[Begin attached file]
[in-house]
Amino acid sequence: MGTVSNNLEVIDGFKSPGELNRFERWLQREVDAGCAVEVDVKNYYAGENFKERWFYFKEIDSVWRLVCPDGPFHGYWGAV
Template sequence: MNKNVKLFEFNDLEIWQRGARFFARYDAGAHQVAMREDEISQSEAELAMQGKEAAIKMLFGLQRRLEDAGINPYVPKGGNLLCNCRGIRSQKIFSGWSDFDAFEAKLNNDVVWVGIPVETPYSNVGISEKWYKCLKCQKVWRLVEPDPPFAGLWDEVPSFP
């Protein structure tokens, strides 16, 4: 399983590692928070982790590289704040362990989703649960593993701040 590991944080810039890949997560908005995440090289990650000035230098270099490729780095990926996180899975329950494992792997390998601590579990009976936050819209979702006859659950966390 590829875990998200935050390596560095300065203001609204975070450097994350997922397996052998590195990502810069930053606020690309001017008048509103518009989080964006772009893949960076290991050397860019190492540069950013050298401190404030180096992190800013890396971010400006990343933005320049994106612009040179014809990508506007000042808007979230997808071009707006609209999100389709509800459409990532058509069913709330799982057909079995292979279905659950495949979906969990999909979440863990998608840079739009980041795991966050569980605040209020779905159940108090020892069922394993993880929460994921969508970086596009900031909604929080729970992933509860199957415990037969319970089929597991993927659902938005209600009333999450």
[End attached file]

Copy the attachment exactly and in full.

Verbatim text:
[in-house]
Amino acid sequence: MGTVSNNLEVIDGFKSPGELNRFERWLQREVDAGCAVEVDVKNYYAGENFKERWFYFKEIDSVWRLVCPDGPFHGYWGAV
Template sequence: MNKNVKLFEFNDLEIWQRGARFFARYDAGAHQVAMREDEISQSEAELAMQGKEAAIKMLFGLQRRLEDAGINPYVPKGGNLLCNCRGIRSQKIFSGWSDFDAFEAKLNNDVVWVGIPVETPYSNVGISEKWYKCLKCQKVWRLVEPDPPFAGLWDEVPSFP
């Protein structure tokens, strides 16, 4: 399983590692928070982790590289704040362990989703649960593993701040 590991944080810039890949997560908005995440090289990650000035230098270099490729780095990926996180899975329950494992792997390998601590579990009976936050819209979702006859659950966390 590829875990998200935050390596560095300065203001609204975070450097994350997922397996052998590195990502810069930053606020690309001017008048509103518009989080964006772009893949960076290991050397860019190492540069950013050298401190404030180096992190800013890396971010400006990343933005320049994106612009040179014809990508506007000042808007979230997808071009707006609209999100389709509800459409990532058509069913709330799982057909079995292979279905659950495949979906969990999909979440863990998608840079739009980041795991966050569980605040209020779905159940108090020892069922394993993880929460994921969508970086596009900031909604929080729970992933509860199957415990037969319970089929597991993927659902938005209600009333999450």